BY VENERANDA LANGA/RUTENDO MATANHIKE
CIVIC society has urged government to come up with a disaster management fund to ring-fence the safety of artisanal miners after the recent tragic Battlefields incident near Kadoma, where at least 24 artisanal miners drowned at Silver Moon and Cricket mines and more remain trapped.
Delegates during a discussion by the Zimbabwe Environmental Law Association (Zela) on the Battlefields mining disaster said it was imperative that government comes up with such an initiative through mining levies.
Zimbabwe Miners Federation president Henrietta Rushwaya said the country should have learnt from a number of other disasters like Eldorado, Colleen Bawn, and Mashona Kop to avert other disasters like Battlefields.
She said artisanal miners should be included in the formal economy.
“Most accidents in artisanal and small-scale mining are caused by human, technical and environmental factors such as pit flooding, groundwater inflow that can lead to flooding and causes trapping of miners, digging of deep pits, unsupported tunnels, and tunnel collapses that can cause severe injuries, among others,” Rushwaya said.
“After the Battlefields case, government should now expedite regularisation of artisanal miners through regulations and a policy framework that is monitored and enforced so that artisanal and small scale miners are included in the formal economy.”
Giving a photographic presentation of the Battlefields disaster, Alpha Media Holdings journalist Blessing Mhlanga described the unsafe mining methods used by illegal miners, where they go very deep, 63m underground in risky shafts, without protective clothing and proper mining equipment.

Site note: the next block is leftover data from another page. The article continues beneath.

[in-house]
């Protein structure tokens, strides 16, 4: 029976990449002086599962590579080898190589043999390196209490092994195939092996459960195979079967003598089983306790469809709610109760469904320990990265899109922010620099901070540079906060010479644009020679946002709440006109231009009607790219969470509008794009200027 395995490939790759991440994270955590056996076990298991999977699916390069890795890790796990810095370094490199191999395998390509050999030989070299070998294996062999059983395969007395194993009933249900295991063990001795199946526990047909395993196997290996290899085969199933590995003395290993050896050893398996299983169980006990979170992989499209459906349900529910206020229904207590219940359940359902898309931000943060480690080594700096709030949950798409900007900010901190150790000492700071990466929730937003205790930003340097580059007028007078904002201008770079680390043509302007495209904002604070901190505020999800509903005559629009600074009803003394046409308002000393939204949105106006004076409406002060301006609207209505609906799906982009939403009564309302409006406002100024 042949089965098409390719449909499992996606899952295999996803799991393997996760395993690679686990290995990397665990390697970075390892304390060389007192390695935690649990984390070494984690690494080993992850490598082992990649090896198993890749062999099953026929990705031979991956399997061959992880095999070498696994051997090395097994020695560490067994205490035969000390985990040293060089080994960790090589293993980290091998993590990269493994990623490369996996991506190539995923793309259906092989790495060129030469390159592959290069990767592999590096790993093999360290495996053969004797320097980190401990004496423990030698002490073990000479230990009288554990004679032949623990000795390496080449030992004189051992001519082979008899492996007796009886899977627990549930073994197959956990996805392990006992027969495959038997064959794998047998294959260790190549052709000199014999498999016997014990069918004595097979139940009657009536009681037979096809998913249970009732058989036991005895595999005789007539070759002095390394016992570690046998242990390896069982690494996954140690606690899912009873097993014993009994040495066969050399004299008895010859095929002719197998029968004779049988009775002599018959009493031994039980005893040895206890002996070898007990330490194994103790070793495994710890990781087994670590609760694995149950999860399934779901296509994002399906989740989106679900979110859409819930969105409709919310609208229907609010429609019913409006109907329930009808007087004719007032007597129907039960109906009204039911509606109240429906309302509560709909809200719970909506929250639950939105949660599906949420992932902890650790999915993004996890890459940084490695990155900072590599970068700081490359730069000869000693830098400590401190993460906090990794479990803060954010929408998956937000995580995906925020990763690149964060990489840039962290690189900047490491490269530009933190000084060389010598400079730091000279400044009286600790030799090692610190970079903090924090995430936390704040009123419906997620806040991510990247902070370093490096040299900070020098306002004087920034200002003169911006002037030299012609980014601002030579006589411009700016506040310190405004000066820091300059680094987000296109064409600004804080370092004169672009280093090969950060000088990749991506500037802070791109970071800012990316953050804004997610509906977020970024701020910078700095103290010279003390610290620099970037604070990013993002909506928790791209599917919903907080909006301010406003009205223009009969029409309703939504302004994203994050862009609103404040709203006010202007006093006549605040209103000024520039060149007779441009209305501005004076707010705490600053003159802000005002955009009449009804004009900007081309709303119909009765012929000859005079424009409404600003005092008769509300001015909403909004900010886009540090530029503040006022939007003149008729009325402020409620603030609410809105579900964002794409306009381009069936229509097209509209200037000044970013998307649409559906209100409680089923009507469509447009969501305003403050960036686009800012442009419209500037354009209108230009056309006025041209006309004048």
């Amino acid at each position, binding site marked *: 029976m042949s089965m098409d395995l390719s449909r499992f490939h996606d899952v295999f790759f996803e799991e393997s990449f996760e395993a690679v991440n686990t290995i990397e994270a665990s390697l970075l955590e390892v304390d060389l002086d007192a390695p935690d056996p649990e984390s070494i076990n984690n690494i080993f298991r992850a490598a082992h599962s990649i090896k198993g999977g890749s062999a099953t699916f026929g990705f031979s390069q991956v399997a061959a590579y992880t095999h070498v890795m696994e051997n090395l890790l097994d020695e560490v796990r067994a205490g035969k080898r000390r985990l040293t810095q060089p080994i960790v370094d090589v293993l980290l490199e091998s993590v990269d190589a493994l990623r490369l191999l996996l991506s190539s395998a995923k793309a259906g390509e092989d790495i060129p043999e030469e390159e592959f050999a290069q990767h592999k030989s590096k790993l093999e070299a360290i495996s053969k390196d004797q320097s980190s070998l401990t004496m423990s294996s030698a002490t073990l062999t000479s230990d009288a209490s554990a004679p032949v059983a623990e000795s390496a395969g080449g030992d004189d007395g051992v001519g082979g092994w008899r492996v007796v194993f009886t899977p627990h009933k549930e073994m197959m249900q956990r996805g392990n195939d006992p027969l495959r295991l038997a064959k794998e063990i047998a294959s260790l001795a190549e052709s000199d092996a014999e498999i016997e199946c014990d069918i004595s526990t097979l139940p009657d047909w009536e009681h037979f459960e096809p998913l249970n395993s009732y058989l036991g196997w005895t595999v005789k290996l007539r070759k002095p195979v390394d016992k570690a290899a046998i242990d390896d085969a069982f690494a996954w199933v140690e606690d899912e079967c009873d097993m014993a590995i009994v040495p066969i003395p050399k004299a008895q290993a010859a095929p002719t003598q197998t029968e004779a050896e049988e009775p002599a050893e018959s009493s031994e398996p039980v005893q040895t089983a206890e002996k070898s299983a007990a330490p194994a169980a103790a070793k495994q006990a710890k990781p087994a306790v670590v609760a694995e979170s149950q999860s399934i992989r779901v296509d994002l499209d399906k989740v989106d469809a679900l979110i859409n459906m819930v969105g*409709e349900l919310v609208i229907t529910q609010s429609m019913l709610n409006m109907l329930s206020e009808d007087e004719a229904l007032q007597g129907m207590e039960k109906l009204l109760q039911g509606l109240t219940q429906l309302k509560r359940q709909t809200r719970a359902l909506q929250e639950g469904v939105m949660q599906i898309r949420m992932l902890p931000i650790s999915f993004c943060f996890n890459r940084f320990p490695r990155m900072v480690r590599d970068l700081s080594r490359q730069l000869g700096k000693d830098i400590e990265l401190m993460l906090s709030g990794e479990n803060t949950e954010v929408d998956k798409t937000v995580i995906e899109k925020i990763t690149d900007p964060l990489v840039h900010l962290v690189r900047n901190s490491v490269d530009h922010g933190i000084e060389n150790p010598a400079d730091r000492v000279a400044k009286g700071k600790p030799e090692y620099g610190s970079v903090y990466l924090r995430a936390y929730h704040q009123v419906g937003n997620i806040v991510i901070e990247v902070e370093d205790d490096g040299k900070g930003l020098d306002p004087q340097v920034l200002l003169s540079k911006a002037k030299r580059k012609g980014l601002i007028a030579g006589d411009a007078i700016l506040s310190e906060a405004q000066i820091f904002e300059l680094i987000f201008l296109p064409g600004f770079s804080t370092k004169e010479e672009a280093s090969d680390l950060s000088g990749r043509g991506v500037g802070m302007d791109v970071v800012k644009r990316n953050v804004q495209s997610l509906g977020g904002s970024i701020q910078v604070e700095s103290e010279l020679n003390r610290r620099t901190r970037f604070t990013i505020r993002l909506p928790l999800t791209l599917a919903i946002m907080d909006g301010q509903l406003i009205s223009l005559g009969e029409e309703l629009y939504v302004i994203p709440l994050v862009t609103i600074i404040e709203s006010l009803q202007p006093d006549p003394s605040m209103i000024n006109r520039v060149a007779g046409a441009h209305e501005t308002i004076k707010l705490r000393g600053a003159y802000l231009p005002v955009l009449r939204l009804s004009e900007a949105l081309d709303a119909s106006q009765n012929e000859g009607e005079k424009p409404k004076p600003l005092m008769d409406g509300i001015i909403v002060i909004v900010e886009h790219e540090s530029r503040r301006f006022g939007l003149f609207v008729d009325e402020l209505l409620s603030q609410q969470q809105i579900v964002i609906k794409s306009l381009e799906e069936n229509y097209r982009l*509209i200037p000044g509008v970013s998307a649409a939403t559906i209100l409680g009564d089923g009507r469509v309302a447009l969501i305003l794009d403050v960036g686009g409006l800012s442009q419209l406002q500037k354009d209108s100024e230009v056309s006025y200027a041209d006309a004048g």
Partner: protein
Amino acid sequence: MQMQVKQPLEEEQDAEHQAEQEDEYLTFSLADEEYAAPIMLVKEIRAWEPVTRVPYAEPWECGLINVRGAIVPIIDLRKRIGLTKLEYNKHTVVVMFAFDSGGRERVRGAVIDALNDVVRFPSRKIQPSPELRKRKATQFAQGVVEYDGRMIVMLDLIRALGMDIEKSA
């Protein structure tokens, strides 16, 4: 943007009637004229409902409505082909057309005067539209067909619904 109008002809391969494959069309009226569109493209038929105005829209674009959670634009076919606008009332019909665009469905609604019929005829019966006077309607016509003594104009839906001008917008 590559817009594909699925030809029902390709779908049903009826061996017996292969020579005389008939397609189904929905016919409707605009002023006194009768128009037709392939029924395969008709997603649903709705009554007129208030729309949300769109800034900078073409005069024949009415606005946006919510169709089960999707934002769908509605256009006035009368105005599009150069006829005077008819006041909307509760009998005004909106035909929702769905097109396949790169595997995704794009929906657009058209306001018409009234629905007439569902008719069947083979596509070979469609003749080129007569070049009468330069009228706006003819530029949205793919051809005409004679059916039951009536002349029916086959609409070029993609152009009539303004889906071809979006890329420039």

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Mhlanga described how government was lax in its management of the Battlefields disaster after he observed ordinary gold panners risking their lives to rescue their trapped counterparts, while trained mining engineers, police and soldiers were not swift in their response.
“The gold panners rescued each other and pulled out dead bodies of their counterparts, some of whose bodies were decomposed and skins were already peeling off. It was horrific and traumatic,” Mhlanga said.
Zela director Shamiso Mtisi said the issue of flooding of mines was well captured in the country’s mining regulations, adding that there was need for the responsible authorities to examine abandoned mines and secure them before more disasters occur.
Meanwhile, People and Earth Solidarity Law Network also said the Battlefields disaster exposed many issues concerning economic and environmental justice in Zimbabwe.
In a statement, the organisation said the right to access emergency medical treatment, as provided for by the Constitution, was dishonoured due to the carelessness.
“Lives were lost at Battlefields. The Constitution, nevertheless, provides for the right to life, environmental rights, human dignity and health care. Of the latter in a disaster, the Constitution states that no person may be refused emergency medical treatment in any healthcare institution. All these rights were potentially violated due to the negligence, omissions and or inefficiency of State,” the statement read.
“Another issue is the culpability of large-scale gold miners who retain yet underutilised gold claims.”